Early in the 20th Century, the British philosopher G. E. Moore noticed that sentences of a certain form have a quite peculiar feature. Consider:
I believe it is Tuesday, but today is Monday.
Today is Monday, but I do not believe that.
I believe that today is Tuesday, but it’s not true that today is Tuesday.
These statements, when considered as first-personal assessments, instantiate what’s been called Moore’s Paradox. Taking ‘p’ as a variable standing for any well-formed declarative sentence, we can say that Moore’s Paradox is generated by any statement of the following form,
I believe that p, but not-p.
What is peculiar about statements of this kind is that although they may be true, you cannot believe them to be true in your own case. Although you may, indeed, be mistaken about what day today is, you cannot assess yourself as being mistaken about the day without undoing your belief about what day today is. When we assess one of our beliefs as false, we typically thereby dissolve the belief. Put otherwise, there are some truths that cannot be believed. That’s the paradox.
What are we to make of this? Philosophers have proposed various accounts of the significance of Moore’s Paradox. One clear implication is that beliefs are intrinsically truth-aiming. When one believes, one aims to believe what is true. This is why falsity is a decisive objection to a belief. When one finds oneself driven to affirm something that one regards as false, the language of belief no longer seems appropriate; one instead employs diagnostic terms, such as affliction, addiction, and delusion. We may say, then, that truth is the norm of belief.
The realization that belief is governed by the norm of truth leads us to wonder whether there are additional norms appropriate to belief. We suggest that the following statements have a quasi-Moorean flavor:
I believe that p, but my evidence has been rigged in order to favor p.
I believe that p, but my sources of information are highly censored by those who favor p.
I believe that p, but my evidence is unreliable and spotty.
I believe that p, but my evidence is consistent with not-p.
Or consider social versions of these sorts of thoughts:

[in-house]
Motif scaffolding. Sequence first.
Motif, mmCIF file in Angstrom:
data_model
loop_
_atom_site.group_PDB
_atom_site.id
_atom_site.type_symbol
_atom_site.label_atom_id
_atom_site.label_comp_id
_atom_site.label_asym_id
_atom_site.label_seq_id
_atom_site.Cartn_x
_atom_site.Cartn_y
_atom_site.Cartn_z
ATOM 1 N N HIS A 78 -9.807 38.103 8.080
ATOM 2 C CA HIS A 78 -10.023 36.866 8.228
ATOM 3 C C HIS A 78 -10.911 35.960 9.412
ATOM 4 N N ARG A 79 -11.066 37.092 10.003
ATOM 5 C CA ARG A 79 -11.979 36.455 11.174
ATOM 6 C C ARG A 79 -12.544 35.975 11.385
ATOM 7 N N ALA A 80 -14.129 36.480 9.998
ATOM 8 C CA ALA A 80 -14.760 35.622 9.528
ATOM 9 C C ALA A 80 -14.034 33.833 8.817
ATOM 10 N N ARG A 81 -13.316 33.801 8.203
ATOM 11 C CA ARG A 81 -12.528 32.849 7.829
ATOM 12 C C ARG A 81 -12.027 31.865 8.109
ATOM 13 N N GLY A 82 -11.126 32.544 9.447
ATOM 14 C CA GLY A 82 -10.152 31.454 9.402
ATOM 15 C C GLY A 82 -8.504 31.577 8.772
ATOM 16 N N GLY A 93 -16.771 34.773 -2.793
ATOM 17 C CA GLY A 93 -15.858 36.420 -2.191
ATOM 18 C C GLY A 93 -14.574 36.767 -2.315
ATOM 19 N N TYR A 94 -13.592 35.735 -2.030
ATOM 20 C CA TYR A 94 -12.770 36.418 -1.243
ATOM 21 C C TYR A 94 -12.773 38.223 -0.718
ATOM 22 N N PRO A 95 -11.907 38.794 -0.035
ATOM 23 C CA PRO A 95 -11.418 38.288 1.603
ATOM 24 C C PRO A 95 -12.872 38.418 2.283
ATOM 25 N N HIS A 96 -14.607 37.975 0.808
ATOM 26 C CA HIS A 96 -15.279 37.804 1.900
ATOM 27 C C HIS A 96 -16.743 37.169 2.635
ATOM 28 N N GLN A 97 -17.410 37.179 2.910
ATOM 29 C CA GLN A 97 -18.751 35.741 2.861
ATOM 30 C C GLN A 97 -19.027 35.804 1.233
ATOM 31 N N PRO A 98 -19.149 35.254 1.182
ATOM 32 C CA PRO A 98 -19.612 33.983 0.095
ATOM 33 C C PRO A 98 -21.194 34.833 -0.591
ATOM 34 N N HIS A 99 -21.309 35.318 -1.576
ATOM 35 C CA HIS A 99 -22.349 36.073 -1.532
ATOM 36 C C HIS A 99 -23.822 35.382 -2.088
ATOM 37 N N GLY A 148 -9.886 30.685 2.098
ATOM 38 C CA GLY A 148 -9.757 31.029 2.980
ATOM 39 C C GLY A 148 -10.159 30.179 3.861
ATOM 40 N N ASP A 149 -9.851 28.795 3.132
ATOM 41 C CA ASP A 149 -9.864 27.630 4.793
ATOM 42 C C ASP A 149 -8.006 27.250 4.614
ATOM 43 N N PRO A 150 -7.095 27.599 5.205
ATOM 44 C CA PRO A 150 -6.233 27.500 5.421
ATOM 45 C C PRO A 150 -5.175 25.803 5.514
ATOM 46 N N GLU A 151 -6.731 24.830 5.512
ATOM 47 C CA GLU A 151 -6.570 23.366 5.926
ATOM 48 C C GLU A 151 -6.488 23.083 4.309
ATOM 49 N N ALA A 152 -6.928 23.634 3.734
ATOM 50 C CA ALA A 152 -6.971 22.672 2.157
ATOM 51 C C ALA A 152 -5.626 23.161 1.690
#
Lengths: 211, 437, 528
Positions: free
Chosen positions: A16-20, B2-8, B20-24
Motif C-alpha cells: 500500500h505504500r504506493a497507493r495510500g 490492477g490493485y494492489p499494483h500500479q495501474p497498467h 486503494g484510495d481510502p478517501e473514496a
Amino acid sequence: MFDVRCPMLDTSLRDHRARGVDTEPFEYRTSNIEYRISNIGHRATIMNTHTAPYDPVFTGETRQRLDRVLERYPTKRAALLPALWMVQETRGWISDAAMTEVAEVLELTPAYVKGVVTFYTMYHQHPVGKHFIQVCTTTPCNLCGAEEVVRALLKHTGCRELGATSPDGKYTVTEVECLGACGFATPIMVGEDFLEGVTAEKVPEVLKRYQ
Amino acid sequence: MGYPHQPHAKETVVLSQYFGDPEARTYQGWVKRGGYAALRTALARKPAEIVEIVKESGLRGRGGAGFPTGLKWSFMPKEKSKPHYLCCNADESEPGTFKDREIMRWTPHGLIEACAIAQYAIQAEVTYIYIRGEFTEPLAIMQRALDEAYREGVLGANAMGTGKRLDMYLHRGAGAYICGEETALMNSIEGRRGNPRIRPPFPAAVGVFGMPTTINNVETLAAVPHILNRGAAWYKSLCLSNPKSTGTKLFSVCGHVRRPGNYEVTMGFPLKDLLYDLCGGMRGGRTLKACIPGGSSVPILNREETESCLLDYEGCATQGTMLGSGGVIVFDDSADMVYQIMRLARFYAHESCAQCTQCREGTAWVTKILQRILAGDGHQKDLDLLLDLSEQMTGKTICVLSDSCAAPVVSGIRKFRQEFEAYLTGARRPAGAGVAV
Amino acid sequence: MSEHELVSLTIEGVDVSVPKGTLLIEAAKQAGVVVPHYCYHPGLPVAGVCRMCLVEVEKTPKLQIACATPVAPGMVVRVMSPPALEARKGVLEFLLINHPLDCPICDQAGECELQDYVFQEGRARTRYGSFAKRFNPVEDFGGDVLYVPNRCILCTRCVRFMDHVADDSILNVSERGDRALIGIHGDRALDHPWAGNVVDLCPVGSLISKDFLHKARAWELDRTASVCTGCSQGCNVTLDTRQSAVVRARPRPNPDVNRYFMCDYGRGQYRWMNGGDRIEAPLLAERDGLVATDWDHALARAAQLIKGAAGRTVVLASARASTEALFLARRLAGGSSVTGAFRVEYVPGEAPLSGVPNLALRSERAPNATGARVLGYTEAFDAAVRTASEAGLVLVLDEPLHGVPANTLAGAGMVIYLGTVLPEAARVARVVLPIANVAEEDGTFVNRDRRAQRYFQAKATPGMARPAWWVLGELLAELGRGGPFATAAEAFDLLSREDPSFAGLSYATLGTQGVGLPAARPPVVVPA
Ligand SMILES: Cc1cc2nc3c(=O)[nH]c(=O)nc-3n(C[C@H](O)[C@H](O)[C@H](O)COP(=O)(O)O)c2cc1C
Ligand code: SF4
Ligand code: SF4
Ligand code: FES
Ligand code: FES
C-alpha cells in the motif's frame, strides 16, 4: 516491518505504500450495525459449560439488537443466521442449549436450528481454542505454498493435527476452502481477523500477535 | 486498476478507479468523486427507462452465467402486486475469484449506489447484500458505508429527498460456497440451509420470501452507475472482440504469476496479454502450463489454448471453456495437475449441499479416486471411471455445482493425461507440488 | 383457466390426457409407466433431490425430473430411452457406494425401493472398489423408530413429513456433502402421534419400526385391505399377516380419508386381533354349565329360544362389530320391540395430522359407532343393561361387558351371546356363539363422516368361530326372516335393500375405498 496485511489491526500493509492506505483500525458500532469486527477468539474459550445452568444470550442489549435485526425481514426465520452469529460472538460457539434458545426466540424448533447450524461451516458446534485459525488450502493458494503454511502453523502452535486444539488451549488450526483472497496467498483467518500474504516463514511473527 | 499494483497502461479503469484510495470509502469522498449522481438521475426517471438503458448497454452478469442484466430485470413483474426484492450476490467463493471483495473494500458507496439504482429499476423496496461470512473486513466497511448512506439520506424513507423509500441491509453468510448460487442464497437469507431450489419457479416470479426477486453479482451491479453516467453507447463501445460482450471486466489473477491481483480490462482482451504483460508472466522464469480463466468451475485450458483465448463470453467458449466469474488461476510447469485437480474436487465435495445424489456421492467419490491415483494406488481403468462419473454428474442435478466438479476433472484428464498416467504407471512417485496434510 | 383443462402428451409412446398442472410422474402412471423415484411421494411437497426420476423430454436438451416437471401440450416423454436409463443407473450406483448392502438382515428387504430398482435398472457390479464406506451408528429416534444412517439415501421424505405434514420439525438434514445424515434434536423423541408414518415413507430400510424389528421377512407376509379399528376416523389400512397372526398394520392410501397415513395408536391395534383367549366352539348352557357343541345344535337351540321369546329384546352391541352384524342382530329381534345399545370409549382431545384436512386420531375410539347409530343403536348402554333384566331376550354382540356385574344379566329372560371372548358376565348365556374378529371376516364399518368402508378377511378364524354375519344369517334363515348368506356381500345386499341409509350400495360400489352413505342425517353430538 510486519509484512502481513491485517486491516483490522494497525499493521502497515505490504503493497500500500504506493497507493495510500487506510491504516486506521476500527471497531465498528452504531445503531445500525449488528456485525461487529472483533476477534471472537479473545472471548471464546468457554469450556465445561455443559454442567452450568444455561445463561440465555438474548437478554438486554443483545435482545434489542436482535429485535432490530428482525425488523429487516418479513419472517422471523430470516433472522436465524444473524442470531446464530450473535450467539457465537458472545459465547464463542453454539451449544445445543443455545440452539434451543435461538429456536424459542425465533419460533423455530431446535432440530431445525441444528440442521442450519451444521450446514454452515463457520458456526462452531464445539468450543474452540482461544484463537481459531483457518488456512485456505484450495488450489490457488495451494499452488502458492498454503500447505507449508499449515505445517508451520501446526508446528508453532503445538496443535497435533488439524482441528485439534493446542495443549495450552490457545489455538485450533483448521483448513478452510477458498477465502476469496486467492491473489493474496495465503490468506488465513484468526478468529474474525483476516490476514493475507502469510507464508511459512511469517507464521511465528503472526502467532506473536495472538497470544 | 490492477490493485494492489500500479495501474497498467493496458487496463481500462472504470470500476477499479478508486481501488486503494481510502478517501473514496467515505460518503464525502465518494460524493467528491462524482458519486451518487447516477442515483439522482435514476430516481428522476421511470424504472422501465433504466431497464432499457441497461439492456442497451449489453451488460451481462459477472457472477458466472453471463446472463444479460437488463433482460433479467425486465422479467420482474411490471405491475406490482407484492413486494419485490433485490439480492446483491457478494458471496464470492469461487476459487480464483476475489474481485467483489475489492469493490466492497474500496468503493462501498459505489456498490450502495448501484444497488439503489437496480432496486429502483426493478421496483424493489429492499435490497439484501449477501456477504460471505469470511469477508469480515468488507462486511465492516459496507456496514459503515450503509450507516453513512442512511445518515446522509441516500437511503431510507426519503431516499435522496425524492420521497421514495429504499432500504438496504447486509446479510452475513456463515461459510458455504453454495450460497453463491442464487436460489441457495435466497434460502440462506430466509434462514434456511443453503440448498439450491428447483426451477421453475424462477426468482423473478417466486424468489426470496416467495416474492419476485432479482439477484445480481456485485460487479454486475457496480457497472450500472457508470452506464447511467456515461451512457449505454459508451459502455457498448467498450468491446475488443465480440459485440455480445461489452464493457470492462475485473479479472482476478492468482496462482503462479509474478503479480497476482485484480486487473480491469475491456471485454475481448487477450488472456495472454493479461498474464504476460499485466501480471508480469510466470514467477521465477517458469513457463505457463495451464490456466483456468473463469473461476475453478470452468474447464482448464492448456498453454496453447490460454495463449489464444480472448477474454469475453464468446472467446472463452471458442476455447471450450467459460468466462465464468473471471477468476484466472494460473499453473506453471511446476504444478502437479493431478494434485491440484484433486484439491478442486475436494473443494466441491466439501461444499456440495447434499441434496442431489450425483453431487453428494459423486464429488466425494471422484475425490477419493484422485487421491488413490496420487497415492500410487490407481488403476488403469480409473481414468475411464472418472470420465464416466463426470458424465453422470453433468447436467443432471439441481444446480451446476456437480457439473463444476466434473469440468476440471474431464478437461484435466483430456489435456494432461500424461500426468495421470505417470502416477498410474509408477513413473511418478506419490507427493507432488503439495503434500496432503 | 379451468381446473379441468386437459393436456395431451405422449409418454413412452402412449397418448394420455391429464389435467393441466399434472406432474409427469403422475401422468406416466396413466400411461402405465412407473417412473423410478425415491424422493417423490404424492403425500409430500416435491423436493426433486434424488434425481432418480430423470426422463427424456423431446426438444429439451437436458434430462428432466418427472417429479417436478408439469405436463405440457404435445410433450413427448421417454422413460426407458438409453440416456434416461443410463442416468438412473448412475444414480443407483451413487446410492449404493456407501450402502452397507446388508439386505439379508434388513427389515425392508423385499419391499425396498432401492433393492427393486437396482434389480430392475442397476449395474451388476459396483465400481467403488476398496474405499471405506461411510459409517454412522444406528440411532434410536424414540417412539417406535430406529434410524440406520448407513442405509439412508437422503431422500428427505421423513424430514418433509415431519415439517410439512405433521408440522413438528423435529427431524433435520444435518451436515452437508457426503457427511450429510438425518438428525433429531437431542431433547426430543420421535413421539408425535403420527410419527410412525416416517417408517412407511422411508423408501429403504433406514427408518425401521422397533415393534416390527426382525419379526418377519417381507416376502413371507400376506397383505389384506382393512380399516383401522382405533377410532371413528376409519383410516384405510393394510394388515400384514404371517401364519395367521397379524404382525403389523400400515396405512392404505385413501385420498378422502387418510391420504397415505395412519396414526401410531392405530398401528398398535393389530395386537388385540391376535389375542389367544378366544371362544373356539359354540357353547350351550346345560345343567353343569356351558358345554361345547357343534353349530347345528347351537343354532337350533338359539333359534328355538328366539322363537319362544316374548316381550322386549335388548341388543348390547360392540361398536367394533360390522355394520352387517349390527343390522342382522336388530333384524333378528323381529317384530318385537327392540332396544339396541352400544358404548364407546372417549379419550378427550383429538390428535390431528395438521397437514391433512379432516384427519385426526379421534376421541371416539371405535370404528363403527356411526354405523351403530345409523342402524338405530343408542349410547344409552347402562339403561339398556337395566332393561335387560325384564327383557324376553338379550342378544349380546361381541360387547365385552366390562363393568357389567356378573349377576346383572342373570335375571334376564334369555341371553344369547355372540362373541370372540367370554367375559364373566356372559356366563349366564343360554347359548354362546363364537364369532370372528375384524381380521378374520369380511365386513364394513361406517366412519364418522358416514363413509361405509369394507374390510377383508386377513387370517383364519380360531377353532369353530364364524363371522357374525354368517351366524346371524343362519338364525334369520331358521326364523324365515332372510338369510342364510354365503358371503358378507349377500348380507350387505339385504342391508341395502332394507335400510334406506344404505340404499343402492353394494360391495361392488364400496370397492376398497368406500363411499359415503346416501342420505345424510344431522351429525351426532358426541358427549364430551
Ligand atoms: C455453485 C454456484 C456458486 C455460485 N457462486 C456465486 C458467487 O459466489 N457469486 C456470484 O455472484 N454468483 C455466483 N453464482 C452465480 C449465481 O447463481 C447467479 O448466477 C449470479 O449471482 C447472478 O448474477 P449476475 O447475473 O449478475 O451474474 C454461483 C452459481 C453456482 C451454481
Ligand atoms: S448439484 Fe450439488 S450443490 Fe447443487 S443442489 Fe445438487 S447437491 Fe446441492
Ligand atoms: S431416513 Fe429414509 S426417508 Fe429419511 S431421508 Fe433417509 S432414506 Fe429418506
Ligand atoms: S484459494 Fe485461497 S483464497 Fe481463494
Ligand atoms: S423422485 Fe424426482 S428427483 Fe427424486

I believe that p, but all critics of p have been intimidated into silence or otherwise marginalized.
I believe that p, but I always lose well-conducted arguments with reasonable critics of p.
We think that self-assessments like these show that there are, indeed, additional norms that govern belief. Beliefs aim at truth, and the way they aim at truth is by aiming to be responsive to reasons and evidence. To discover of a belief that it was formed under epistemically improper conditions is to see the belief as in some respect defective and in need of attention. In short, when one believes, one aims to be responsive to the best available reasons and evidence.
Some may want to object. They will say that examples of irresponsible belief are too easy to find; they will say that most people do not care one whit for reasons and evidence, but only for keeping their beliefs in place, come what may.
It is true that conflation, confabulation, deception, and misdirection are common responses to the discovery of a false belief. We are, it seems, epistemically conservative by nature. We do not like to have to change our minds, and so we do not like to reexamine and reevaluate our beliefs. But notice that these observations do not counteract our main contention; in fact, they provide further support for it. If it were not the case that beliefs aim at truth and responsiveness, there would be no need to deploy these tactics in light of countervailing evidence and criticism. If truth and responsiveness simply did not matter, people would not care about changing their minds, and they would not expend the effort they often do in discrediting, dismissing, and smearing their critics. The fact that people rationalize just shows that even when they fail to be rational, they nevertheless try to look like they are still succeeding.
The norms that govern belief have a surprising implication for political philosophy. In order to assess our beliefs as proper, and ourselves as cognitively responsible, we must be able to assess our cognitive environment as epistemically reliable. That is, we must be able to regard ourselves as functioning under social and political conditions which can be counted on to make available to us reliable information, sound data, and uncoerced expert analysis. We also must be able to assess ourselves as functioning under conditions in which dissent is protected, disagreement is permitted, and reasonable controversy is not squelched.
In short, responsible believing in the first-personal case requires a social epistemic system marked by norms of free inquiry, freedom of expression, freedom of conscience, and reasonable disagreement. In order to assess ourselves as being proper believers, we must be able to plausibly regard ourselves as citizens in an Open Society of the kind championed by J. S. Mill, Karl Popper, Bertrand Russell, John Dewey, and John Rawls. Proper epistemological practice entails democratic social norms. Is that so hard to believe?